Lying for Mom

Not that it makes you a bad person. I’d cheerfully lie for Emily, in fact I lie all the time just for sport (sometimes 17 times before breakfast, you have to get up pretty early in the morning to out-lie me). In fact I’ll pass along for free Archie Goodwin’s (Nero Wolf’s partner, you should read them, they’re very good) advice for lying- Keep it simple and easy to remember. Shut up. Stick to it as long as you can.

So I’m not questioning Chelsea’s morality or honor or anything like that, I’m simply pointing out that she and the Clinton campaign are saying things about Bernie Sander’s proposals for Universal Health CARE (not insurance) that are not true and they know this (because they’re smart people) and are deliberately doing it anyway because, unfortunately for them, they are not dominating the Democratic Primary the way they think they ought to be and that misrepresenting his positions will gain them some kind of advantage (which it won’t).

Here’s what Chelsea said

“Sen. Sanders wants to dismantle Obamacare, dismantle the CHIP program, dismantle Medicare, and dismantle private insurance,” she said during a campaign stop in New Hampshire. “I worry if we give Republicans Democratic permission to do that, we’ll go back to an era – before we had the Affordable Care Act – that would strip millions and millions and millions of people off their health insurance.”

Oh, and she (Chelsea) wants to focus on the specifics. From Jon Green at Americablog

Focusing on the “specifics” of Sanders’s proposal for single-payer health care would require Clinton to disclose that after dismantling Obamacare, CHIP, Medicare and private insurance, all of those things would be replaced by what Sanders has consistently described as “Medicare for all.” Instead, she’s found a different way to make the same kind of disingenuous claim about the consequences of single payer.

On the cost side, Clinton’s camp zeroes in on everything that happens after the new system is implemented, ignoring the savings realized by eliminating the existing system. On the benefits side, Clinton’s camp ignores everything that happens after the new system is implemented, zeroing in on all of the benefits Americans currently receive. In neither case is the plan considered as a whole — perhaps because 81 percent of Democrats (and 58% of all US adults) support the idea.

Indeed, as Jon points out at the beginning of his piece, while it is true that Medicare for All will cost as much as $15 Trillion (over 10 years), “it’s a lot cheaper than private health care, which is currently on track to cost the American people close to $42 trillion over the next ten years. That’s why the analysis from which both Clinton and the Wall Street Journal get their eye-popping price tag is titled (.pdf) “How we can afford a national single-payer health plan.”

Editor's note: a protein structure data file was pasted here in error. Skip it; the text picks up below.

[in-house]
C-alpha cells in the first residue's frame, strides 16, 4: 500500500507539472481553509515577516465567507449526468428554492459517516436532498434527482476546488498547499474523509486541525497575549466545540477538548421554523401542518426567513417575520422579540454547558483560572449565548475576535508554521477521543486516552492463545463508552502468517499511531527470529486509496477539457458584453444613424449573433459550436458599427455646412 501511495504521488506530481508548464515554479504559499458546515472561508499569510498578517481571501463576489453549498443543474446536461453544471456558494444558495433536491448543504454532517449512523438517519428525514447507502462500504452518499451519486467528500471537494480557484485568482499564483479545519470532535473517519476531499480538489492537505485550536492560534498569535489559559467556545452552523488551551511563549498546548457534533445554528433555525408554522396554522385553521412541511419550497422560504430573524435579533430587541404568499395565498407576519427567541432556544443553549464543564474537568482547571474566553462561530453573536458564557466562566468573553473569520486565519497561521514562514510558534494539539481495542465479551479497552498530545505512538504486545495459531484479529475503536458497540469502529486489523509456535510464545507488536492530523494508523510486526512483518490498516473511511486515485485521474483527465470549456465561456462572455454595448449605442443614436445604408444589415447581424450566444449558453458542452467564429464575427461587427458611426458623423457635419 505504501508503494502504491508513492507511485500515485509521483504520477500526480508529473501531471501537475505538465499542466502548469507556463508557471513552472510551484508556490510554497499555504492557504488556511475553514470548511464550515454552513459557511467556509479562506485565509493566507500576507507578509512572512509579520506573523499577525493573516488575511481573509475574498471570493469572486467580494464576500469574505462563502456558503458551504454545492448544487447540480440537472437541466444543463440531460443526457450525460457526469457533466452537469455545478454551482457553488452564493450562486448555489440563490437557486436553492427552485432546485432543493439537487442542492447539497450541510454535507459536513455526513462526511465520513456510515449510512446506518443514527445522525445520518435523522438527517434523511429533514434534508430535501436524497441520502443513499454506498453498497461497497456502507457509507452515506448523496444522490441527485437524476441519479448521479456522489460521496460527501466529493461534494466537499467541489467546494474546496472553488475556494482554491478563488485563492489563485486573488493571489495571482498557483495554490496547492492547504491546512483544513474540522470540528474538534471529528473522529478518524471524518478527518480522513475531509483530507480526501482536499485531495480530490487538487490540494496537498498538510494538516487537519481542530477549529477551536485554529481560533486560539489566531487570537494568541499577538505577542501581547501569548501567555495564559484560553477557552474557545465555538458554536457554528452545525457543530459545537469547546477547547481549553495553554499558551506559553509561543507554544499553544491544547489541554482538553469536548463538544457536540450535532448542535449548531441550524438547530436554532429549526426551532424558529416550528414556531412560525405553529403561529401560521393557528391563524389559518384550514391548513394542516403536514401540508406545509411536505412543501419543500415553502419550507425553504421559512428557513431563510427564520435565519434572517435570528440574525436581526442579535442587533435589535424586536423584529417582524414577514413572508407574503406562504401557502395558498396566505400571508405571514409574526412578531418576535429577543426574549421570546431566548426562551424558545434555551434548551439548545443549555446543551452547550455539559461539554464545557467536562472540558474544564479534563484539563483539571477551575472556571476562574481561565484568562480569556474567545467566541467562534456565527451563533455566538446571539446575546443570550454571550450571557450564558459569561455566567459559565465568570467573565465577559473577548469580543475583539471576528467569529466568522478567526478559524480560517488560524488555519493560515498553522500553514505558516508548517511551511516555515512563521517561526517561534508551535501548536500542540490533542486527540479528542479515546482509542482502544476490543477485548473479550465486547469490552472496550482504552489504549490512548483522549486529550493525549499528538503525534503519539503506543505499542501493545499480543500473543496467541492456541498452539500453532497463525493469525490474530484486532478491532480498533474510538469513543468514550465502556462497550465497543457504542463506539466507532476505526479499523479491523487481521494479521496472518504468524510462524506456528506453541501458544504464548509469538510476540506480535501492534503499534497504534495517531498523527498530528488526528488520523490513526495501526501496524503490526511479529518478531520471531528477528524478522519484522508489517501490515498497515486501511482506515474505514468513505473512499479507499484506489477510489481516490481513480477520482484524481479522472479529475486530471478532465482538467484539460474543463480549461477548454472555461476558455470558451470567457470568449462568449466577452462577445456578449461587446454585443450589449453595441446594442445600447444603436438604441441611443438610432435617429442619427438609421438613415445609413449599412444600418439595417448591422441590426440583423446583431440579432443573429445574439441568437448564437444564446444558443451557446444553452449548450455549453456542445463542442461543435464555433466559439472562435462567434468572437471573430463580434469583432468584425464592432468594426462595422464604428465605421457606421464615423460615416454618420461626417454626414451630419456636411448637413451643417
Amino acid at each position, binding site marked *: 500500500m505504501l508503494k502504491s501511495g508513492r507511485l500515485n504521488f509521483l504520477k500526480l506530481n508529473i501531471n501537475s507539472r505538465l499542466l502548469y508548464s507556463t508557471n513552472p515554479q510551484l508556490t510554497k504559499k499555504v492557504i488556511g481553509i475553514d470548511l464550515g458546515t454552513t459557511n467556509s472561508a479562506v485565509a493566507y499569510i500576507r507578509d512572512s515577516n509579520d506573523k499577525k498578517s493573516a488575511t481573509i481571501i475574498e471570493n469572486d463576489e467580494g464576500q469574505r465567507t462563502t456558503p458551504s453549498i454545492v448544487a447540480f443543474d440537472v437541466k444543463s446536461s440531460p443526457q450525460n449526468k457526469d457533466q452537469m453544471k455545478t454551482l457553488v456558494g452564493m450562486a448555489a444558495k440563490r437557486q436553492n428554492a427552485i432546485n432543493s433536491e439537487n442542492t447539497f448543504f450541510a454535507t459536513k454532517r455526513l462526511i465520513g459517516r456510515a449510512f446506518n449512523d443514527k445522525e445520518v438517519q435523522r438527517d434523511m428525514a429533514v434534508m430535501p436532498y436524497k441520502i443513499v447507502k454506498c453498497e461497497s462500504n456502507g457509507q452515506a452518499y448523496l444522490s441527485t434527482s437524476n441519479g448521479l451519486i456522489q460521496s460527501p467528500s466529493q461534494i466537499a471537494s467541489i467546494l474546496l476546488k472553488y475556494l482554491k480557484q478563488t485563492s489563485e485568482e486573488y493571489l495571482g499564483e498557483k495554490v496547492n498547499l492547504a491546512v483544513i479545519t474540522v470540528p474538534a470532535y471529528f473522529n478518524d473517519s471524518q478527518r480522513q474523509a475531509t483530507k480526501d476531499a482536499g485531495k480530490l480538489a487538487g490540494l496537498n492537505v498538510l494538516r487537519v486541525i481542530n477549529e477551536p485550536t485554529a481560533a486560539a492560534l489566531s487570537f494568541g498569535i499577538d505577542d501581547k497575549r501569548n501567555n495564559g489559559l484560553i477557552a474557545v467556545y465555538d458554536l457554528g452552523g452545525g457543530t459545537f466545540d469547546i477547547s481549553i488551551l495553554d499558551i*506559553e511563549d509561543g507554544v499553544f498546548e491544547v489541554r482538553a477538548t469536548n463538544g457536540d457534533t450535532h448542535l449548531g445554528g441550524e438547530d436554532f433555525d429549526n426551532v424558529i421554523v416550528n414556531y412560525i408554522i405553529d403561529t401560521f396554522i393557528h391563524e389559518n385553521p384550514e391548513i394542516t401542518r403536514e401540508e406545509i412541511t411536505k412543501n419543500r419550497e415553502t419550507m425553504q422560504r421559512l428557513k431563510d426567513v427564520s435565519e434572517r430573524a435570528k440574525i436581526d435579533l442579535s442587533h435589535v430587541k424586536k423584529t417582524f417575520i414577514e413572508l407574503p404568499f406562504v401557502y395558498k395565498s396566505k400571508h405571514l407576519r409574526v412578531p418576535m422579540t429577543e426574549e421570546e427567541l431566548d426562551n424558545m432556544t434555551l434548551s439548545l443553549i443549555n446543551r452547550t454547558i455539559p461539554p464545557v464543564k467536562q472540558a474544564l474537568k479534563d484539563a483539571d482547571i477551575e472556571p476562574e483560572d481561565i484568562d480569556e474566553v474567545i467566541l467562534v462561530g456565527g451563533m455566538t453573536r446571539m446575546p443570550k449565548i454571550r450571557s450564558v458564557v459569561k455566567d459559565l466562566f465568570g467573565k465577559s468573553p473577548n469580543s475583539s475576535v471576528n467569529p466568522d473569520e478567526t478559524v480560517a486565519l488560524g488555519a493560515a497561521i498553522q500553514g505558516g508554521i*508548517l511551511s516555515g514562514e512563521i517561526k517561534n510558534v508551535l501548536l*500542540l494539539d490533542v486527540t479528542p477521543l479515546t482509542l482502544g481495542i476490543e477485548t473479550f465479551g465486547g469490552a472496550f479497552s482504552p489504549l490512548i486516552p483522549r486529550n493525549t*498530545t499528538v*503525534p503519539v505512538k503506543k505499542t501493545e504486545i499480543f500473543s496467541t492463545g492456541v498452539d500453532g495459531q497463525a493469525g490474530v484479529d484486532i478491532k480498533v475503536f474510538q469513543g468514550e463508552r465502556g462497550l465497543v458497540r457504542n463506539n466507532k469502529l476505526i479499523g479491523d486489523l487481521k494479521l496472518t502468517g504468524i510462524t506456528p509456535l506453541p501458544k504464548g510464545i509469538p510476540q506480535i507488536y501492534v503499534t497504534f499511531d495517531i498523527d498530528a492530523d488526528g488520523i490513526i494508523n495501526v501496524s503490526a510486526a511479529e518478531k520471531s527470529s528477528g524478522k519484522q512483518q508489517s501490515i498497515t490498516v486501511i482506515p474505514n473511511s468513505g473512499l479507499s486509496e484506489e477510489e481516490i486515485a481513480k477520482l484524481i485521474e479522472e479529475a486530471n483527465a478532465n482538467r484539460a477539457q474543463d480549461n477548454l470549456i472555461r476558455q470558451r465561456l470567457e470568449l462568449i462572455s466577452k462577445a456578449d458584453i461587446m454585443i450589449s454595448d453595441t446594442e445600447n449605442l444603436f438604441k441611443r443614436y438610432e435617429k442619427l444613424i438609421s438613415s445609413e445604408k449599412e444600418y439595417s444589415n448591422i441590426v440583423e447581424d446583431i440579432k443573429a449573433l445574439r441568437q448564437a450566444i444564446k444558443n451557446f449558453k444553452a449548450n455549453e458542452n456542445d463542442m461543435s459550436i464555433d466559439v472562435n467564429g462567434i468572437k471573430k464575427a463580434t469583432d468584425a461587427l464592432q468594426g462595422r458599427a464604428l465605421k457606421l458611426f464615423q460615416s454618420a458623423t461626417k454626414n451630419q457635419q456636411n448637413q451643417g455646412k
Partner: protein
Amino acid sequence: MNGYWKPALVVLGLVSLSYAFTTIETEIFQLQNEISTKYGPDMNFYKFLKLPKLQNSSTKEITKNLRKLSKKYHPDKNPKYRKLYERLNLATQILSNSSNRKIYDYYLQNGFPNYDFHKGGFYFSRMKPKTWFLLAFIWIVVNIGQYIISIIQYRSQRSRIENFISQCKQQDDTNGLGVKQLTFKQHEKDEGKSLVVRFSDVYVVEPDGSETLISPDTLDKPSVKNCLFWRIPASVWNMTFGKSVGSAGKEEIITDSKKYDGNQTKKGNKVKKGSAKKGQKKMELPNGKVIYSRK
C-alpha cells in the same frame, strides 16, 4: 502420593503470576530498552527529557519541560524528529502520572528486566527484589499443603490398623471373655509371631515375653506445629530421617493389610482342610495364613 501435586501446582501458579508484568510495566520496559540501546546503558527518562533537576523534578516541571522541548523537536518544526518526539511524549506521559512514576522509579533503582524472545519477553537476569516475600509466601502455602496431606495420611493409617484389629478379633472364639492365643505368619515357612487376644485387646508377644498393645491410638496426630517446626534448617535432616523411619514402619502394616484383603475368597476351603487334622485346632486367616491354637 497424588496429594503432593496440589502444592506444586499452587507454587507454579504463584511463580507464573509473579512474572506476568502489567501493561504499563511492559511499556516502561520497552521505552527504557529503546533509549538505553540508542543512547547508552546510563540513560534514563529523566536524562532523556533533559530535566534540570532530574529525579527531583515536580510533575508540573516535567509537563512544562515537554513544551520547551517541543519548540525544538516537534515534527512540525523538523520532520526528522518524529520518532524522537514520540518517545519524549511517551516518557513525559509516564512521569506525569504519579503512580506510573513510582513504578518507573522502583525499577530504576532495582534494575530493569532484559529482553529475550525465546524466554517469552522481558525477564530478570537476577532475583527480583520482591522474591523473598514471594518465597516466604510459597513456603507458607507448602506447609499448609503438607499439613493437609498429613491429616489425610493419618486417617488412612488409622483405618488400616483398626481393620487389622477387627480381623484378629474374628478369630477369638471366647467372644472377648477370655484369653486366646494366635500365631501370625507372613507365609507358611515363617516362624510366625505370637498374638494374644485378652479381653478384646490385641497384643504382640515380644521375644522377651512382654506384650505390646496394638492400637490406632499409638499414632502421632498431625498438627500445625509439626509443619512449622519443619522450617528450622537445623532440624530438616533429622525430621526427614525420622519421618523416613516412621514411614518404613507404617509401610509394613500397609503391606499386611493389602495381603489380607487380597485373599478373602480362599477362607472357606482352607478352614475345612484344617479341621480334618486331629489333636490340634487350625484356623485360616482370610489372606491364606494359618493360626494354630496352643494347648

To continue-

(I)f Clinton wants to hit Sanders over single-payer, there are more honest and, frankly, more popular ways to do it. Given that Democrats are practically guaranteed to have a minority in the House and, at best, a majority in the Senate that can’t break a filibuster, there is absolutely no hope for Sanders’s single-payer plan to become a reality. So Clinton could say that she’s on board with Sanders’s ideals, but that’s all they are: ideals. She could say that she lives in the real world, and is interested in actually passing legislation that expands access to health care — however incremental that legislation may be. That may not sound exciting to the progressive base, but they’d probably shrug their shoulders and count it as an acceptable disagreement.

That isn’t what she’s done, though.

This back-and-forth over whether truly universal health care is good, or whether it’s Actually Bad, is part of the broader debate emerging between Sanders and Clinton over whether taxes can ever be good, or whether they’re always bad. By making a big deal out of single-payer’s price tag, Clinton is implying (correctly) that single-payer costs too much to fund solely through taxes on the wealthy. Ordinary Americans will have to give more money to the IRS in order to make it happen. Sanders is fine with this, and is betting that most voters will be too so long as that extra money they give to the IRS is less than the money they no longer have to give to their private insurer.

This argument is all but guaranteed to come up on Sunday at the next democratic debate. And both candidates think it’s an argument they can win. Clinton will just have to bring Republican talking points to a Democratic debate in order to do so.

Let’s all just say Hurray for the Third Way. As Nero would put it- “Pfui.”

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